Under the head of "Hermes," reference is made to Hermes (or Mercury), a mythologic character, and to Hermes Trismegistus, a legendary wise man of ancient Egypt. At the time those paragraphs were written it was still generally believed that Medieval occultism consisting of alchemy, astrology, and the Kabbala, was collectively called Hermetism because it claimed a mythologic descent from the god Hermes, or else from the ancient Egyptian sage; it is now al most certain that the reference was to neither but to a book or collection of writings entitled Hermes Trismegtstus, a fact which explains why a majority of the Medieval occultists (there never were any large number of them) gave as their authority fragments of old texts. They could not have read Egyptian hieroglyphics; a god would have written no book; but they could read fragments or chapters of a book that had been written in Greek and translated into Latin, Arabic, and Hebrew.
When the early bishops of Christian Churches in Italy and Greece began their systematic destruction of Greek and Latin schools and colleges, arts, sciences, and books, believing it their mission to destroy the "old world" in order to build a new one in its place, mathematicians, scientists, artists, architects, scholars, and philosophers became greatly alarmed lest the whole of civilization be obliterated. This alarm reached such a height at Alexandria, Egypt, the Greek-speaking city which was the center of civilization at the time, that a group of scholars there began a counter-propaganda; and one of them, or possibly a group of them, collected or wrote and published the Hermes Trismegistus as a defense of civilization and as a plea to men-everywhere not to destroy the ageold culture of the Mediterranean world.
This attempt to save civilization did not succeed; even the thousand-year-old University at Athens was destroyed; Alexandria itself was burned; illiteracy became universal in Europe; the Dark Ages came on, and lasted between two and three hundred years. But the Hermes did not disappear. It was a favorite book among some of the Post-Nicene Fathers of the Church, who had not approved the destruction of civilization, and in after times a homily modeled on one chapter of it, called Postor Hermes, became one of those pseudepigraphical books which are still ranked second only to the Bible; and it was read by Arabic scholars, from whom portions of it made their way into Europe through Spain.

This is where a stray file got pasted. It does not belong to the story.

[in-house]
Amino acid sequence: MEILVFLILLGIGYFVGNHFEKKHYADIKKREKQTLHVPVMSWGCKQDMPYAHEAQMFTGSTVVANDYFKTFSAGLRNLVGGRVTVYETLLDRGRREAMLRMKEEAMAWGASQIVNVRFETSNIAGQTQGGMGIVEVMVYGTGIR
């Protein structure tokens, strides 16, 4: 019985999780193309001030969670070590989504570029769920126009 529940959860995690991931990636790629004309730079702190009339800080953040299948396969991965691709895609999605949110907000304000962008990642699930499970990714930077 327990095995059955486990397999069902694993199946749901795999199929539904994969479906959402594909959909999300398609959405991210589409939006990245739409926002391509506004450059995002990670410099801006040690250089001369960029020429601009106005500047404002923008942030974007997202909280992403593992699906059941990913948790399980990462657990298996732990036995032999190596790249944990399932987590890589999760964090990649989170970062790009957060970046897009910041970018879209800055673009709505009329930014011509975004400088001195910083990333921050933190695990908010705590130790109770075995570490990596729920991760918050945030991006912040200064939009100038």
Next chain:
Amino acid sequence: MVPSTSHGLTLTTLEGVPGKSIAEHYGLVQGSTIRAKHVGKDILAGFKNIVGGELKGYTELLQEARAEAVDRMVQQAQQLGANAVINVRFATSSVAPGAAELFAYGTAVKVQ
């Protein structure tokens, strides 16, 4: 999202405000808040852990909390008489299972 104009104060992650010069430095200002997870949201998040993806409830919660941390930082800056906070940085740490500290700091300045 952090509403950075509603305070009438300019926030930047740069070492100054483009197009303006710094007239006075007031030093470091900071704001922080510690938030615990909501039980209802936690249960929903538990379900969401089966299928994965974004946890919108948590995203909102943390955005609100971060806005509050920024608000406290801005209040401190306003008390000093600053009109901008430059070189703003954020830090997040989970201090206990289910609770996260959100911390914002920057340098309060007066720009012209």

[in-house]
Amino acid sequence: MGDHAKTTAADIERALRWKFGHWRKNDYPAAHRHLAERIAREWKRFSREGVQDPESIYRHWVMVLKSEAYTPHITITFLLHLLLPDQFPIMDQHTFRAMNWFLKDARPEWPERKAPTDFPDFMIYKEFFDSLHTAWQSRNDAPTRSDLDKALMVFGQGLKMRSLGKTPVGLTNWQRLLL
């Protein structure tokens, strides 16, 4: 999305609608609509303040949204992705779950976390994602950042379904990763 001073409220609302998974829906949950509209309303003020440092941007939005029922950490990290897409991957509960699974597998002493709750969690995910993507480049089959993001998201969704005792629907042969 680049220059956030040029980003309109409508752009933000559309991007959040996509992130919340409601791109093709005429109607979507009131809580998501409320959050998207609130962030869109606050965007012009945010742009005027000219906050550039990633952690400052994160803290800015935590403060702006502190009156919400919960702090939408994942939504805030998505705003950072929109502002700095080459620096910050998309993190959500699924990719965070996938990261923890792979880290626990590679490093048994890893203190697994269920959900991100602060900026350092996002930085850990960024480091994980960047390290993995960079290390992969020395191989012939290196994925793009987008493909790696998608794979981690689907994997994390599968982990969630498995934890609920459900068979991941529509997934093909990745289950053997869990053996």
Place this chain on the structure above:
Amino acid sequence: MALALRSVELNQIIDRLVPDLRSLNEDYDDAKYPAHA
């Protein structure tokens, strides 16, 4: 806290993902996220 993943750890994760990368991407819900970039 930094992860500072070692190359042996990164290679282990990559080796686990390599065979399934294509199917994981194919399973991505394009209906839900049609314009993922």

Hermes was a name given to the mind, and in its larger and more usual sense denoted intelligence, skill, culture. Trismegistus, which etymologically meant "thrice-greatest," was a eulogistic adjective meaning fine, or very fine; the title Hermes Trismegistus carried the general meaning of fine arts, of culture, of civilization. Men of many parties and religions "believed in Hermes"; that is, they fought to save civilization against fanatics in the Church, who were followed by the barbarians from the north. Perhaps the best nontechnical account of Hermes Trismegistus is the essay in Literary Remains of the Late Emanuel Deutsch, published by Henry Holt; New York; 1874. Deutsch, on the staff of the British Museum for some sixteen years, was one of the most brilliant scholars of Nineteenth Century England. Two chapters in his book on the Talmud and four papers on the Vatican Council of 1870 which declared the infallibility of the Pope also are of exceptional value to Masons. It may be taken as a practical certainty that the source of the reference to Hermes in the Masonic Old Charges was Hermes Trismegistus the book, and not faint rumors of an ancient Greek god. At the period when the Old Manuscripts were written very few Freemasons had ever heard of Greek mythology, and least of all of a god named Hermes.
Ranulf (or Ralph) Higden between 1320 and 1360 (the year of his death) wrote and published in eight books a history of the world, or "universal chronicle," entitled Polychronicon, one of the most famous of the Medieval attempts at an encyclopedic narrative of world events, and used as an authority until some three centuries ago. It was twice translated out of Latin into English; once in the Fifteenth Century; once, in 1387, by John Trevisa.
In 1857 the Archivist of the British Parliament, called Master of the Rolls, proposed the publishing of a series of Medieval chronicles; the most accurate text was to be found by an expert collation of the MSS., and each book was to have a historical and biographical introduction. In the following pear, publication began under the general head of Rerum Brita7z1ticorum Alvi Scriptores, popularly called the Roll Series. By 1915 some 250 volumes had been published. After World War I the series was renewed but came to a temporary halt with World War II. Among the titles was John Capgrave's chronicles of England to 1417, a source book for Medieval Masonic history. Higden's Polychronicon was one of the earliest works thus published, in nine volumes, and contained the abovementioned two English translations in addition to the Latin original.